After a pause for evaluation of procedures, the Army continued its use of reactors, operating the Mobile Low-Power Reactor (ML-1), which started full power operation on February 28, 1963, becoming the smallest nuclear power plant on record to do so. This design was eventually abandoned after corrosion problems. While the tests had shown that nuclear power was likely to have lower total costs, the financial pressures of the Vietnam War caused the Army to favor lower initial costs and it stopped the development of its reactor program in 1965, although the existing reactors continued operating (MH-1A until 1977).


The site was cleaned in 1961 to 1962, removing the bulk of the contaminated debris and burying it. The massive cleanup operation included the dismantling and disposal of the reactor and building. A burial ground was constructed approximately 1,600 feet (500 m) northeast of the original site of the reactor. This was done to minimize radiation exposure to the public and site workers that would have resulted from transport of contaminated debris from SL-1 to the Radioactive-Waste Management Complex over 16 miles (26 km) of public highway. Original cleanup of the site took about 18 months. The entire reactor building, contaminated materials from nearby buildings, and soil and gravel contaminated during cleanup operations were disposed of in the burial ground. The majority of buried materials consist of soils and gravel.[21][22]

SL-1 burial site in 2003, capped with rip rap

Recovered portions of the reactor core, including the fuel and all other parts of the reactor that were important to the incident investigation, were taken to the INEL's Test Area North for study. After the incident investigation was complete, the reactor fuel was sent to the Idaho Chemical Processing Plant for reprocessing. The reactor core minus the fuel, along with the other components sent to Test Area North for study, was eventually disposed of at the Radioactive Waste Management Complex.[21]

The remains of the SL-1 reactor are now buried near the original site at 43°31'02.9"N 112°49'22.2"W.[23] The SL-1 burial ground consists of three excavations, in which a total volume of 99,000 cubic feet (2800 m3) of contaminated material was deposited. The excavations were dug as close to basalt as the equipment used would allow and ranges from 8 to 14 feet (2.4 to 4.3 m) in depth. At least 2 feet (0.6 m) of clean backfill was placed over each excavation. Shallow mounds of soil over the excavations were added at the completion of cleanup activities in September 1962. The site and burial mound are collectively known as United States Environmental Protection Agency Superfund Operable Unit 5-05.[21][24]

Numerous radiation surveys and cleanup of the surface of the burial ground and surrounding area have been performed in the years since the SL-1 incident. Aerial surveys were performed by EG&G Las Vegas in 1974, 1982, 1990, and 1993. The Radiological and Environmental Sciences Laboratory conducted gamma radiation surveys every 3 to 4 years between 1973 and 1987 and every year between 1987 and 1994. Particle-picking at the site was performed in 1985 and 1993. Results from the surveys indicated that cesium-137 and its progeny (decay products) are the primary surface-soil contaminants. During a survey of surface soil in June 1994, "hot spots," areas of higher radioactivity, were found within the burial ground with activities ranging from 0.1 to 50 milliroentgen (mR)/hour. On November 17, 1994, the highest radiation reading measured at 2.5 feet (0.75 m) above the surface at the SL-1 burial ground was 0.5 mR/hour; local background radiation was 0.2 mR/hour. A 1995 assessment by the EPA recommended that a cap be placed over the burial mounds. The primary remedy for SL-1 was to be containment by capping with an engineered barrier constructed primarily of native materials.[21] This remedial action was completed in 2000 and first reviewed by the EPA in 2003.[24]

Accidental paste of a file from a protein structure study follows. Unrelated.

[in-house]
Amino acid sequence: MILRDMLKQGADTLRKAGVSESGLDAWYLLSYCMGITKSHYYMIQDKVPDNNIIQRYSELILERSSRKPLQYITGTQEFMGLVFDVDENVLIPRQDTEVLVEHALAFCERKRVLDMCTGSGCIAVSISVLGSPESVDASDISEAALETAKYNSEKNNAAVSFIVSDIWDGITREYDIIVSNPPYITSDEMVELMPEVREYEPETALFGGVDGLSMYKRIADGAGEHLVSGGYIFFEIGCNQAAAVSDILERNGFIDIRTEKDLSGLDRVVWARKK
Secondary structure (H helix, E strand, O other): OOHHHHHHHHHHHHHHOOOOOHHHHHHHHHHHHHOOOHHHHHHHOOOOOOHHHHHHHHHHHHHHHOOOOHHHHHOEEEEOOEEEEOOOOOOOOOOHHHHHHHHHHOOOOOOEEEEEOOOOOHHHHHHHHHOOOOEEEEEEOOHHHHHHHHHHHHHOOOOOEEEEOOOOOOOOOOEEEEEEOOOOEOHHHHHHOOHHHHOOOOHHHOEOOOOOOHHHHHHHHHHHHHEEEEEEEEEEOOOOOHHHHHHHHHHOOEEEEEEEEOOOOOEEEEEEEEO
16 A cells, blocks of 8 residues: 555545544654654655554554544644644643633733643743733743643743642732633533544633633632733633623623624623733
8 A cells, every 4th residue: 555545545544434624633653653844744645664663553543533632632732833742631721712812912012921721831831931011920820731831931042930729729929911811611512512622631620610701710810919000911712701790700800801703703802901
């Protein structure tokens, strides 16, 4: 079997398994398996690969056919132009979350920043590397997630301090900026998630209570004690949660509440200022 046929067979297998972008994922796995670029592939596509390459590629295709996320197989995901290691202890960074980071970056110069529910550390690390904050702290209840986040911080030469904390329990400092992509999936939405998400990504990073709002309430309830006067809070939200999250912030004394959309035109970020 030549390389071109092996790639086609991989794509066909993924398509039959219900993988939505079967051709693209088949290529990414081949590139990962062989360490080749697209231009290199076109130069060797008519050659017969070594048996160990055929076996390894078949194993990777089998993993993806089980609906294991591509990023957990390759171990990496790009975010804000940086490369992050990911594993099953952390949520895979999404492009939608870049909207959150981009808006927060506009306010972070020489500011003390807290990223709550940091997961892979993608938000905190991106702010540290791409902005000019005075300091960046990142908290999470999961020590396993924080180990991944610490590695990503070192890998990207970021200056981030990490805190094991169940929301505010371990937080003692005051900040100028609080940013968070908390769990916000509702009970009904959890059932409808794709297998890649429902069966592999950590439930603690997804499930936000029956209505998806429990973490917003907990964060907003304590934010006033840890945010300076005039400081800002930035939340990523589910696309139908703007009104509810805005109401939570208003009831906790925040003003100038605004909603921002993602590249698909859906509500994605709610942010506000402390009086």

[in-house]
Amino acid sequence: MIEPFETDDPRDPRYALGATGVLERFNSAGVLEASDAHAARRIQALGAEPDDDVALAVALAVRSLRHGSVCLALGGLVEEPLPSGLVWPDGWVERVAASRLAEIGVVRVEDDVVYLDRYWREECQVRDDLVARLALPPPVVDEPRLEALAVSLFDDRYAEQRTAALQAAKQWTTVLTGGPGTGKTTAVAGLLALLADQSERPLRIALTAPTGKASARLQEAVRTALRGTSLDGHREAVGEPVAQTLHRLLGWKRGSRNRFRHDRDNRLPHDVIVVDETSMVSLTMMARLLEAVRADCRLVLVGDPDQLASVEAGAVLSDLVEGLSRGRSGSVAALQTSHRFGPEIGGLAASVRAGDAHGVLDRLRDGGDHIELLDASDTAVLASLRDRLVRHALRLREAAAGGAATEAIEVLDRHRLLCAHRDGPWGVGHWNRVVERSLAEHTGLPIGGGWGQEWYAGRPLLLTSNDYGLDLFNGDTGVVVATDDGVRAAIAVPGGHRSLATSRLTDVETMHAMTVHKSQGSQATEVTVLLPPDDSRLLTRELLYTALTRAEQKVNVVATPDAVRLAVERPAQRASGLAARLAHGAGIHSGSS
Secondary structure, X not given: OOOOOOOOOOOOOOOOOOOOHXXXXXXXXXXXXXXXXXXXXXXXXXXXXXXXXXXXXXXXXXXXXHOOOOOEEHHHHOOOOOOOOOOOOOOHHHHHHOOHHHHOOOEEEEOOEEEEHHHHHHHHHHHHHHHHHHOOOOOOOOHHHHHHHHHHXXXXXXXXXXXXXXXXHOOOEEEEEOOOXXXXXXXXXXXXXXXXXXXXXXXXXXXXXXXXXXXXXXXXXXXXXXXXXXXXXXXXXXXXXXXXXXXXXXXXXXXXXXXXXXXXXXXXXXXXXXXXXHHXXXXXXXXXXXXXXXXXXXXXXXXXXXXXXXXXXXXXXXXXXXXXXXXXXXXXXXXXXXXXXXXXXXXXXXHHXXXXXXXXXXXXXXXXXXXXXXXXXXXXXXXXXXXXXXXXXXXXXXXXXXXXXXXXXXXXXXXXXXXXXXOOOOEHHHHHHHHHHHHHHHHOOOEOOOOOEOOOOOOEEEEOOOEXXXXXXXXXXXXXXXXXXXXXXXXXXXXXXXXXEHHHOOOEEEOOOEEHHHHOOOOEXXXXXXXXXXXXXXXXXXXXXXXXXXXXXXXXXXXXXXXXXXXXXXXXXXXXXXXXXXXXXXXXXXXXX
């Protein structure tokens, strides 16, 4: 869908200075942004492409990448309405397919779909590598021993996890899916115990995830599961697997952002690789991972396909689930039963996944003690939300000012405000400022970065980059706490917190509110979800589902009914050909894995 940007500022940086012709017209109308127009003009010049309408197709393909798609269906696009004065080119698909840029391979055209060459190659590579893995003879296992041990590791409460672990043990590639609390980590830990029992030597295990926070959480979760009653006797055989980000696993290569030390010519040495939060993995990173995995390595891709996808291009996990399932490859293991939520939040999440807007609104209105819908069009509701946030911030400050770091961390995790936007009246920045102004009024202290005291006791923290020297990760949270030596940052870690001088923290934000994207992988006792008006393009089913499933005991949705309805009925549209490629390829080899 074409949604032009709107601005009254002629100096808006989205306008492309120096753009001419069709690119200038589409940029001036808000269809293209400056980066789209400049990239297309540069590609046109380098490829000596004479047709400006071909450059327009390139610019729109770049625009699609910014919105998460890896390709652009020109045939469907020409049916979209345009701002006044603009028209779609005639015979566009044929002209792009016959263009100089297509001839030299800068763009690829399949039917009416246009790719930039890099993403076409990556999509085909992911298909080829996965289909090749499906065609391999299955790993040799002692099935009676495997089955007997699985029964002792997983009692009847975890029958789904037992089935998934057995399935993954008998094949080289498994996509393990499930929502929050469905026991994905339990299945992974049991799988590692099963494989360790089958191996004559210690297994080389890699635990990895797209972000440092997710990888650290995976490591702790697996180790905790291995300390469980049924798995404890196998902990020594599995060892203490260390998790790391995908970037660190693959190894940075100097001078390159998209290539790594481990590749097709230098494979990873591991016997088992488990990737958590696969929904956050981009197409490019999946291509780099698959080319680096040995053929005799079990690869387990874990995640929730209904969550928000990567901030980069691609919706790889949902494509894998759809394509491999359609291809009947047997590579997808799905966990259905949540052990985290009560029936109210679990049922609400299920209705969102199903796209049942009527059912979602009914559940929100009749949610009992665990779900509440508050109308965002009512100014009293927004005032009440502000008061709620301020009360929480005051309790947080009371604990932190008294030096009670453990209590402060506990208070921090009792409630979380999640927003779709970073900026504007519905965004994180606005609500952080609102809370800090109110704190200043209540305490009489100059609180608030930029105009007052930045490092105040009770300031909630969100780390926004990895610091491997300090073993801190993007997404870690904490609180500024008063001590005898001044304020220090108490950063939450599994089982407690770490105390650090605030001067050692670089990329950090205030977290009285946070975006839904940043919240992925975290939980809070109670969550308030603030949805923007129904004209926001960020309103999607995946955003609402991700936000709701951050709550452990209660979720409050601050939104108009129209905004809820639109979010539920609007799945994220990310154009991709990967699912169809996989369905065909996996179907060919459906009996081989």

Movies and books[edit]

Animation of the film produced by the Atomic Energy Commission, available from The Internet Archive.

The U.S. Government produced a film about the incident for internal use in the 1960s. The video was subsequently released and can be viewed at The Internet Archive[25] and YouTube. SL-1 is the title of a 1983 movie, written and directed by Diane Orr and C. Larry Roberts, about the nuclear reactor explosion.[20] Interviews with scientists, archival film, and contemporary footage, as well as slow-motion sequences, are used in the film.[26][27] The events of the incident are also the subject of one book: Idaho Falls: The untold story of America's first nuclear accident (2003)[15] and 2 chapters in Proving the Principle - A History of The Idaho National Engineering and Environmental Laboratory, 1949-1999 (2000).[28]

In 1975, the anti-nuclear book We Almost Lost Detroit, by John G. Fuller was published, referring at one point to the Idaho Falls incident. Prompt Critical is the title of a 2012 short film, viewable on, written and directed by James Lawrence Sicard, dramatizing the events surrounding the SL-1 incident.[29] A documentary about the incident was shown on the History Channel.[30]

This image of the SL-1 core served as a sober reminder of the damage that a nuclear meltdown can cause.